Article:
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Metro: Last Light is the most fun you'll have in post-apocalyptic Russia

Alex Rubens | May 14, 2013
Following in the footsteps of 2010's Metro 2033, Metro: Last Light improves upon the gameplay of its predecessor without destroying what made the series great in the first place: the setting. Last Light takes you back to the post-apocalyptic Russian wasteland, employing an excellent soundtrack and bleak, desolate imagery to deliver a first-person shooter with surprising pathos and one of the most genuine game narratives in recent memory.

Following in the footsteps of 2010's Metro 2033, Metro: Last Light improves upon the gameplay of its predecessor without destroying what made the series great in the first place: the setting. Last Light takes you back to the post-apocalyptic Russian wasteland, employing an excellent soundtrack and bleak, desolate imagery to deliver a first-person shooter with surprising pathos and one of the most genuine game narratives in recent memory.

Boot up Last Light and you'll be dropped into the boots of Artyom--a man haunted by memories of his mother, or lack thereof--as he attempts to leave the Russian Metro to capture "a dark one", monstrous remnants of the world before it was devastated by all-out nuclear war. Of course, nothing goes smoothly for Artyom, and along the way you'll be captured by other survivors and work together with another captive, Pavel, to orchestrate an escape. Arytom's quest ranges across the Russian wasteland, ultimately leading you through areas devastated by nuclear destruction and nests of enemies mutated by the apocalypse before culminating in one of the coolest and most intense firefight finales I've ever experienced.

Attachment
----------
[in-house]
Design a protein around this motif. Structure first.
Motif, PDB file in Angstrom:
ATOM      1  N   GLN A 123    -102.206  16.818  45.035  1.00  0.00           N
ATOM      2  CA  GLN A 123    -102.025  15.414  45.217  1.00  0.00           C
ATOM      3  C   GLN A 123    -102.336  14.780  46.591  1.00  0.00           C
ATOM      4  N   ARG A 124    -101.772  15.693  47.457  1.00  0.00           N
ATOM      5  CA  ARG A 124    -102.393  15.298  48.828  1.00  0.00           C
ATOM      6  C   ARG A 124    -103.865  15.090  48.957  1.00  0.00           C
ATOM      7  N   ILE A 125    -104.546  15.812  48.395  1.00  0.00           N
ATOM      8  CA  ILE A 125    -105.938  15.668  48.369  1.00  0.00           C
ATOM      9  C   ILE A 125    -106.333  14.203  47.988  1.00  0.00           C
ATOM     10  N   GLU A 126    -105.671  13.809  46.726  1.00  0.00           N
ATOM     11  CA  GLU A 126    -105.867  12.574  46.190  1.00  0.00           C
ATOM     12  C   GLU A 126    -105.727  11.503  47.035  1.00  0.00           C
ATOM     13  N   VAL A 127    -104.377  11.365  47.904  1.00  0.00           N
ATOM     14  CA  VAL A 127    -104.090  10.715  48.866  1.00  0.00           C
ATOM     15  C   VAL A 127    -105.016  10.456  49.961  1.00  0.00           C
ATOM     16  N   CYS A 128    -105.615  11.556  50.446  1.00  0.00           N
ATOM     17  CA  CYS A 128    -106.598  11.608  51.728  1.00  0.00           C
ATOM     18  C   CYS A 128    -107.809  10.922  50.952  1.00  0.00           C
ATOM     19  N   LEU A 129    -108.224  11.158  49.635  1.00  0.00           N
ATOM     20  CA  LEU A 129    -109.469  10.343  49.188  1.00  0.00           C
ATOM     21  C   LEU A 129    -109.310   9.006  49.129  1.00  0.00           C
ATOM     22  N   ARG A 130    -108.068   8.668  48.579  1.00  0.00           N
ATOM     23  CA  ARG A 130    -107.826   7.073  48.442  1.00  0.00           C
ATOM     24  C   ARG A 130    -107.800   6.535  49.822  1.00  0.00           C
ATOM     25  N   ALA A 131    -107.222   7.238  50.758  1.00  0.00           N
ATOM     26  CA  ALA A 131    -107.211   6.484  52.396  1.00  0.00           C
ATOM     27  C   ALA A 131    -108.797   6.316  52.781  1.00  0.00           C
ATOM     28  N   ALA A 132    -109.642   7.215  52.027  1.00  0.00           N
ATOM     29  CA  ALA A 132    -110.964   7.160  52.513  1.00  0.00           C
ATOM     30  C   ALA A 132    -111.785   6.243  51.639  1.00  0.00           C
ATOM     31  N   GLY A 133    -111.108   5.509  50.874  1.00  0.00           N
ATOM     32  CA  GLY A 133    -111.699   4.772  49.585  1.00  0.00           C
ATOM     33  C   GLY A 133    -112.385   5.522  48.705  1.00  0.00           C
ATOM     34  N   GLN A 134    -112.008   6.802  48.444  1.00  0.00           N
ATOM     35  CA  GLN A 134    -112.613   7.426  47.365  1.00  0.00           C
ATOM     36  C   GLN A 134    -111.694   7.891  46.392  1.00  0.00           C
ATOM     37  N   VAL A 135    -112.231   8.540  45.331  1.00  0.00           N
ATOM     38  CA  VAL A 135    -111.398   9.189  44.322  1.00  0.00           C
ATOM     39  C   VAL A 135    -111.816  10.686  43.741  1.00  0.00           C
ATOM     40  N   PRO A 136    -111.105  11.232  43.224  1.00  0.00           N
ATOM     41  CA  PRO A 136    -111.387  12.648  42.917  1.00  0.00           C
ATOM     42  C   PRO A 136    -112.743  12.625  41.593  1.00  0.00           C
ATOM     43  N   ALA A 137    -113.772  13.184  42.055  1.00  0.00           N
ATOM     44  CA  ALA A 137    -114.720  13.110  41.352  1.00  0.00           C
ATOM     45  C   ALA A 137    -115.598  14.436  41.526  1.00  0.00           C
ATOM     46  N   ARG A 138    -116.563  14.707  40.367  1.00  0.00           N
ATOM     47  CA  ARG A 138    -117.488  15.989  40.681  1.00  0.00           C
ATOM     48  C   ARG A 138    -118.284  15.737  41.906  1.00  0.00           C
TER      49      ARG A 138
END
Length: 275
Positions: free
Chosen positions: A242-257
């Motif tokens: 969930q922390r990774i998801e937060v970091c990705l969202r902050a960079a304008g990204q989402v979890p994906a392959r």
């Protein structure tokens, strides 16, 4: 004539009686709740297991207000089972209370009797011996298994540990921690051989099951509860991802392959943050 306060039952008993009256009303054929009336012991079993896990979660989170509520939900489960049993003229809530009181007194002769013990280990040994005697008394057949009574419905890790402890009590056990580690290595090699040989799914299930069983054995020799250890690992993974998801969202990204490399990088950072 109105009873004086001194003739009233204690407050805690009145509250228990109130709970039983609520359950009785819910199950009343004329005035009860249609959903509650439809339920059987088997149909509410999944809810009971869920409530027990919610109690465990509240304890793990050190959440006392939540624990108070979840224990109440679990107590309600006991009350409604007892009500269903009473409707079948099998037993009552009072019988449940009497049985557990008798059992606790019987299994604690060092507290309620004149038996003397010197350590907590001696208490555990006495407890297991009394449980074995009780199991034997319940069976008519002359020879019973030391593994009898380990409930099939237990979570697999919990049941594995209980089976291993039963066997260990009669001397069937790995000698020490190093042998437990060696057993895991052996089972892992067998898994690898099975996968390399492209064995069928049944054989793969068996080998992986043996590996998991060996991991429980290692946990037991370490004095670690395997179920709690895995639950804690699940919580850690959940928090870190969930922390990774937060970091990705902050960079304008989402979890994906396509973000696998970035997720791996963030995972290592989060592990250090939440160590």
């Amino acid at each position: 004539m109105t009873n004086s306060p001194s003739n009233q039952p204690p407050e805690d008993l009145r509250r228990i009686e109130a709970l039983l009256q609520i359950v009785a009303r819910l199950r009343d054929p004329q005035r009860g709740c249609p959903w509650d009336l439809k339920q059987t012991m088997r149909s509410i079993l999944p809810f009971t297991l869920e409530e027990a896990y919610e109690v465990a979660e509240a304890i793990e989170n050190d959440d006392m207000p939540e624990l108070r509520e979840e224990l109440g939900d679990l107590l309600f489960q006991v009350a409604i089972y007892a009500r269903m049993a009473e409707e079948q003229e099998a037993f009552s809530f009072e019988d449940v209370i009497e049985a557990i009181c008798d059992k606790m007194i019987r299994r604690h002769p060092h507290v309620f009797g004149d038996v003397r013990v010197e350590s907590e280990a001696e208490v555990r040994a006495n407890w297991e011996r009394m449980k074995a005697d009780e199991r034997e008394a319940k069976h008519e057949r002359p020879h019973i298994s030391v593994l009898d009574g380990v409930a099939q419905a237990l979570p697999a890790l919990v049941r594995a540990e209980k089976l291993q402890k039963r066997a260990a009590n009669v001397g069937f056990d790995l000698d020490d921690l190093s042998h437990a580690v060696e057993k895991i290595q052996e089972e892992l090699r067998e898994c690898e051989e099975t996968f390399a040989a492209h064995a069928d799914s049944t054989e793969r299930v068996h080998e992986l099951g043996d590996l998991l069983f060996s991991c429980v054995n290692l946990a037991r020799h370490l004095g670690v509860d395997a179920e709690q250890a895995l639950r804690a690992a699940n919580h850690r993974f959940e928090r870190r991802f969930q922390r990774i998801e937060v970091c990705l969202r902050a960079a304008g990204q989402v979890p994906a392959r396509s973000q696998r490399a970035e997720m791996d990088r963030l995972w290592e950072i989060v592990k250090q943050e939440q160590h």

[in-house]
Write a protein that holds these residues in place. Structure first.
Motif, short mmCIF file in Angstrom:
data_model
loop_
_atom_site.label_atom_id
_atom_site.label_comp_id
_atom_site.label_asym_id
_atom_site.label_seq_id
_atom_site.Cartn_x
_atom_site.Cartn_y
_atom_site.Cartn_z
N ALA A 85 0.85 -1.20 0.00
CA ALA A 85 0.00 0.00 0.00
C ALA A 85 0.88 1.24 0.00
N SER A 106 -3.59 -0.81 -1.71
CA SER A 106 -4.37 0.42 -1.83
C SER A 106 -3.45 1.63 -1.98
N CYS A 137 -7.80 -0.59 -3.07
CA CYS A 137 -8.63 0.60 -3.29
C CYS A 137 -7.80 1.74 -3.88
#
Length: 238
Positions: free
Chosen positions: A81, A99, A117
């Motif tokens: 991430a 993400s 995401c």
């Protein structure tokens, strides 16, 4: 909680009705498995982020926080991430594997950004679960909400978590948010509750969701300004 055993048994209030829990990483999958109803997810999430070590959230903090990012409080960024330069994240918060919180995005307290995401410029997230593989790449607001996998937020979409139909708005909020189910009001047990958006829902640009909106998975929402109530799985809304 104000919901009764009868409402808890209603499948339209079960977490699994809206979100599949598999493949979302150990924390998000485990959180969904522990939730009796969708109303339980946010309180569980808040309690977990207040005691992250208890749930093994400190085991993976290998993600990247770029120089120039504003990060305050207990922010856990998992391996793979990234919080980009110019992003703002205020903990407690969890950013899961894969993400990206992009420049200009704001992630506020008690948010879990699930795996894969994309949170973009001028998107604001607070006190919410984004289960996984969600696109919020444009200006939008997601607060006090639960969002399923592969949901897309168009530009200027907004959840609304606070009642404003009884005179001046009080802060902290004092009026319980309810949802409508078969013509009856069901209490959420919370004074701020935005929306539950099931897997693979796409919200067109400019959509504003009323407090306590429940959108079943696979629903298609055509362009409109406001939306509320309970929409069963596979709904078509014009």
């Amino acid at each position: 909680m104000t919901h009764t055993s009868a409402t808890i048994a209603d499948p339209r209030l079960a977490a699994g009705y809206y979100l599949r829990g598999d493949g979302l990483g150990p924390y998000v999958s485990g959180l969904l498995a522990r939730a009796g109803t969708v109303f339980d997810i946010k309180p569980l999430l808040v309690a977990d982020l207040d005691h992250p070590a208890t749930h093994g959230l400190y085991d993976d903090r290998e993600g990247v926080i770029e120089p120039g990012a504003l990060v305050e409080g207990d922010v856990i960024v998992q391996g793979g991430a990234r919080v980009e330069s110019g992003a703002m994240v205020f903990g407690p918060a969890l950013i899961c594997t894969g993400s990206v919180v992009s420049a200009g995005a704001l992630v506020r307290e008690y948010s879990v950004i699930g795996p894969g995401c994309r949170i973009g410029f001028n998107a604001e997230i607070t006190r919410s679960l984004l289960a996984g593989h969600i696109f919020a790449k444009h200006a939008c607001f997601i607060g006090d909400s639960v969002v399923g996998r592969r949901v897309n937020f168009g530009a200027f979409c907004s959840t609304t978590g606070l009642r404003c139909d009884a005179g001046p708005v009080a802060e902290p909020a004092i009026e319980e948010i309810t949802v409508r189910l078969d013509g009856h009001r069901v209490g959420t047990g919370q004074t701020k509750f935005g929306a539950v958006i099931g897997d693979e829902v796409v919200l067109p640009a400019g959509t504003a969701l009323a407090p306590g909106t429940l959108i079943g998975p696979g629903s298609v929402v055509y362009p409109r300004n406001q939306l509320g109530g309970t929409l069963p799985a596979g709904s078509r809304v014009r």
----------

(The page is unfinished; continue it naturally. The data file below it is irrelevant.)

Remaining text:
But frenetic, fast-paced combat is tiresome without a meaningful reason to fight, and Metro: Last Light tells a meaningful story through emotionally-charged flashbacks to the moment the nuclear missiles struck, and how that moment affected the Russian people. It's a series of powerful scenes scattered throughout the 9-12 hour campaign that don't force themselves on you, allowing different players to experience as much--or as little--of the narrative as they like. That's one of Metro's greatest strengths: it doesn't force anything on the player. There's plenty of optional areas to explore at your leisure, allowing you to intuitively control how long you spend in Metro: Last Light's bleak alternate reality.

Moment to moment, the actions you're taking in Metro: Last Light are very similar to those you performed in Metro 2033: exploring, scrounging, and fighting for your life with a hodgepodge of unique and innovative post-apocalyptic weapons. Even your weapons tell a story, like the handmade submachine gun that has a magazine that slides left-to-right, through the weapon, as shots are fired. It's a little thing, but idiosyncratic touches like this do an excellent job of showcasing the unique, alien nature of Metro's alternate reality Russia.

Of course, those crazy cobbled-together weapons can be customized to fit your tactical preferences using Military-Grade ammunition, high-quality bullets manufactured before the apocalypse and now used in Metro as a form of currency. Paying a gunsmith to modify your armament with a silencer, lasersight, stock or foregrip is a simple way to significantly change the characteristics of each weapon, allowing you to tailor the game to your liking.

 

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